Monday, February 19, 2007

Where do you after you run out of Map?


CSSF Blog Tour

Where The Map Ends is a graphically appealing content rich web site focusing on the field of Christian Speculative Fiction. WTME doesn't present a great deal of fiction on it's own site, rather it is more of an "industry" publication featuring interviews, tools for writers and links to other Christian Speculative Fiction sites. In that sense it is a "portal" into those other worlds.

Personally, I found the tools for writers to be most interesting. The how-to articles were alright, but in some ways lacked the depth that I would have preferred as someone with a lot of writing experience, however they could be helpful to the beginner. But most enjoyable were the "toys." These include idea starters, a random story generator and a map creator. You have that alternate world ready to go, but where is everything in that world? You can use this to begin to visualize the terrain.

WTME is visually appealing. I wish I had those graphics. However, I suspect that those accessing through a dial-up connection would need patience waiting for the screen to load. I don't know that for certain, but would love to findout from someone with a dial up ISP. My only irritation was the email newsletter sign up box which extended beyond the content box. But that is a minor design issue.

As with most Christian speculative fiction sites, there was a bit of defensiveness. I guess this is natural since in some quarters the term is considered a contradiction in terms. I'm just not sure we need to be bringing it up all the time. After all, if you have a speculative fiction site, you are "preaching to the choir." I believe our best promotion will be producing quality fiction which stands on strong theological grounds. However, I'm not totally sure we need to seek to convert those who don't like speculative fiction, but to serve those who do.

Where the Map Ends, also like most spiritually-based speculative fiction sites definitely targets a Christian audience, although it is generally free of "churchspeak" which I find refreshing. However, it reminds me of what my friend Tony Whittaker calls "The Old Story about the Old Story." It seems that 90 percent of all Christian web sites target a Christian audience. And I admit that, so far, my promotion for Wayfarers Journal has been in the Christian community, even though the site is designed to be seeker friendly. We all need to also think of how spiritually-based speculative fiction can help reach outside the Christian community to impact the world at large.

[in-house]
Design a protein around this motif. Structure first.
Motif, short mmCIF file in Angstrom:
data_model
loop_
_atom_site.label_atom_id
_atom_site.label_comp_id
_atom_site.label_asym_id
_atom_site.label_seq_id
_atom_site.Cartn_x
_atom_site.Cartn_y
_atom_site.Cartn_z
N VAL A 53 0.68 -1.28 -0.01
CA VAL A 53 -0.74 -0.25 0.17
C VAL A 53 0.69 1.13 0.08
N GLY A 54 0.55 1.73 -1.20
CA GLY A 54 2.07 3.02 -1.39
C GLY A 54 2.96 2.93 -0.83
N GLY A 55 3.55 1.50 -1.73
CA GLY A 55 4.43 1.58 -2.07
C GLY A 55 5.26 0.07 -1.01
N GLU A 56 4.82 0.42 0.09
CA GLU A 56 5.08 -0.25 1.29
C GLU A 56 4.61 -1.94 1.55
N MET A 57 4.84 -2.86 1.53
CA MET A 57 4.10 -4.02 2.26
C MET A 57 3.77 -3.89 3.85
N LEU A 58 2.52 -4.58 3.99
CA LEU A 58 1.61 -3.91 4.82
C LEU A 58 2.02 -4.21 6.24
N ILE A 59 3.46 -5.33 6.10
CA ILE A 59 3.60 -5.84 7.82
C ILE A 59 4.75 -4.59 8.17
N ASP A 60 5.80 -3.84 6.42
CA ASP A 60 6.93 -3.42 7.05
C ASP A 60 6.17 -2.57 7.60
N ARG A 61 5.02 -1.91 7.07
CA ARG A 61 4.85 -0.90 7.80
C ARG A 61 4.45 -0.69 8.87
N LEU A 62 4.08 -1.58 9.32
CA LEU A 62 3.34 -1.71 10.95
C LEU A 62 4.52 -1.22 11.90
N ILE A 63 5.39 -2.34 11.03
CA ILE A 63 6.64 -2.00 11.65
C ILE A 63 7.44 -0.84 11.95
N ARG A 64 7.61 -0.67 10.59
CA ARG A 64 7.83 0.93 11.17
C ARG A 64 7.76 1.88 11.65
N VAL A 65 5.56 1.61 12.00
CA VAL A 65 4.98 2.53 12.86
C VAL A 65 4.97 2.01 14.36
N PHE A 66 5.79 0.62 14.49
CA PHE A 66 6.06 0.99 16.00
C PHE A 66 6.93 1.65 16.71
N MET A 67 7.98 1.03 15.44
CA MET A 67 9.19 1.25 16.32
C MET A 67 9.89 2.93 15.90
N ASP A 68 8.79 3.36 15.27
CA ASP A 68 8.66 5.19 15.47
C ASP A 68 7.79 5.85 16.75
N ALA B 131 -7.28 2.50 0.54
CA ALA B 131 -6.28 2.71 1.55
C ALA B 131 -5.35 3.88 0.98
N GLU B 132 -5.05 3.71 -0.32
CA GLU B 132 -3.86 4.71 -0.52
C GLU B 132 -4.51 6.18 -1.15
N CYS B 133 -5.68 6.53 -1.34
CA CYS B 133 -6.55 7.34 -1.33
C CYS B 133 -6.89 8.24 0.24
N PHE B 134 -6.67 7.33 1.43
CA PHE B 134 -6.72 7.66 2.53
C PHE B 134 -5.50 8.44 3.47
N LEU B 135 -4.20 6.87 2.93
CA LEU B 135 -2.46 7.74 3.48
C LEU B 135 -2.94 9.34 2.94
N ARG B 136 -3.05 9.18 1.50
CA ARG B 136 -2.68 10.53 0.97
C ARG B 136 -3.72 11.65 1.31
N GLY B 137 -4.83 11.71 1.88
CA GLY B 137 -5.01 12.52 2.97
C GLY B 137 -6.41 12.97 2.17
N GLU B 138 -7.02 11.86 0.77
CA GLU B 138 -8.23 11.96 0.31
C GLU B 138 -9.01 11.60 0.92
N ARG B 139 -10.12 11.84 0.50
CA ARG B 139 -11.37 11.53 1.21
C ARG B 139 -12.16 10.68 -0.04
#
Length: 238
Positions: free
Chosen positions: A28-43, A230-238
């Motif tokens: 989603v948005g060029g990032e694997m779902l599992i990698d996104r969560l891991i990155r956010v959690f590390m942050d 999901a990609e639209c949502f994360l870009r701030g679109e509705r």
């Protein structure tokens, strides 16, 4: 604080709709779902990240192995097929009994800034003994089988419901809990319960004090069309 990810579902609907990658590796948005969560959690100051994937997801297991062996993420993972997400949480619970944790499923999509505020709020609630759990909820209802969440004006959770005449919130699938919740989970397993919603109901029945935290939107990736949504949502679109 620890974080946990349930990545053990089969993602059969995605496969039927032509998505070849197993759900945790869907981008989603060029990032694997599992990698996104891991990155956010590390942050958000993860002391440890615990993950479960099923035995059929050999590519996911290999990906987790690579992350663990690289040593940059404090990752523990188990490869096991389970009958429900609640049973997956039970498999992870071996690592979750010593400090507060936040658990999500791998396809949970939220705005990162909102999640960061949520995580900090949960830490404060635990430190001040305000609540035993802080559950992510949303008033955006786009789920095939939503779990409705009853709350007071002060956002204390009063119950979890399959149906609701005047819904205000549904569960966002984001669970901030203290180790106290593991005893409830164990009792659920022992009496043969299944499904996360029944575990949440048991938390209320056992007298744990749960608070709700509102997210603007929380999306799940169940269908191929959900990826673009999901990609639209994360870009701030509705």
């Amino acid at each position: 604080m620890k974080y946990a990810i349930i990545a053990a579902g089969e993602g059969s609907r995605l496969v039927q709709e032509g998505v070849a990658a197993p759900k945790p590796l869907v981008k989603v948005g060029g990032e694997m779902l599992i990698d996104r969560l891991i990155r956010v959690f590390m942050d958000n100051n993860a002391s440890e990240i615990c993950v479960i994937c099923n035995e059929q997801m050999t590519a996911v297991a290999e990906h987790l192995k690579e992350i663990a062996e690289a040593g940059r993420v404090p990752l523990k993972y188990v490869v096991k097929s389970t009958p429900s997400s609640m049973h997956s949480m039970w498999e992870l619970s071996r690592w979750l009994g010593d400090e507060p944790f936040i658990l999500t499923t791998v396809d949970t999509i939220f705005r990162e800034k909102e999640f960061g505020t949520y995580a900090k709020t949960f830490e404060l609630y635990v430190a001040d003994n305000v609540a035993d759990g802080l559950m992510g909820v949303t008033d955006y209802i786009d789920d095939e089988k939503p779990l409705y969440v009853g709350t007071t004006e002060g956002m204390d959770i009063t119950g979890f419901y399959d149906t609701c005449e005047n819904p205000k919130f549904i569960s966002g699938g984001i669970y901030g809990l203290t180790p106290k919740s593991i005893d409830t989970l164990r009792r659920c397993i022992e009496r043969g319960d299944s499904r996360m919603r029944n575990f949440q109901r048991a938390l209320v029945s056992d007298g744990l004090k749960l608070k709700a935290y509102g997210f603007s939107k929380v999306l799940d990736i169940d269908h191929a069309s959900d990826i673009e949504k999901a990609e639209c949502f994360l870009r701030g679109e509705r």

Nevertheless, this is a fun, informative site, and a must see for anyone interested in Christian Speculative fiction either as a fan or a writer.

Read other reviews of this site this week at these other blogs:

Nissa Annakindt
Wayne Thomas Batson
Jim Black
Grace Bridges
Jackie Castle
Valerie Comer
Karri Compton
CSFF Blog Tour
Gene Curtis
D. G. D. Davidson
Chris Deanne
Janey DeMeo
Tessa Edwards
April Erwin
Kameron M. Franklin
Linda Gilmore
Beth Goddard
Marcus Goodyear
Andrea Graham
Todd Michael Greene
Leathel Grody
Katie Hart
Sherrie Hibbs
Sharon Hinck
Christopher Hopper
Jason Joyner
Kait
Karen
K. D. Kragen
Tina Kulesa
Kevin Lucia and The Bookshelf Reviews 2.0 - The Compendium
Rachel Marks
Shannon McNear
Rebecca LuElla Miller
Eve Nielsen
John W. Otte
John Ottinger
Robin Parrish
Rachelle
Cheryl Russel
Hanna Sandvig
Mirtika Schultz
James Somers
Steve Trower
Speculative Faith
Daniel I. Weaver
Timothy Wise

3 Comments:

Blogger Jefferson Scott said...

Thanks for your thoughts, Terri.

And thanks for pointing people to WhereTheMapEnds.

I hope you and your readers will join us on March 1 for the launch of our collaborative fiction project.

Thanks again for the thoughtful review.

Jeff

February 20, 2007 at 12:15 PM  
Blogger Terri said...

I'm looking forward to it. I hope I can make it.

Terri

February 20, 2007 at 8:39 PM  
Blogger Candace said...

You asked for input from someone on dial-up regarding this site. I have to say that I was fairly impressed. I thought that the pictures came up fairly fast, for dial-up. I also appreciated the booklist page and that it gave you a choice between pictures or no pictures. If you are on dial-up, JUST SAY NO. I also downloaded the Fractal Terrains Demo linked to from this site and it took less than an hour and a half, which I thought was decent, and am looking forward to trying it out.

April 18, 2007 at 11:08 AM  

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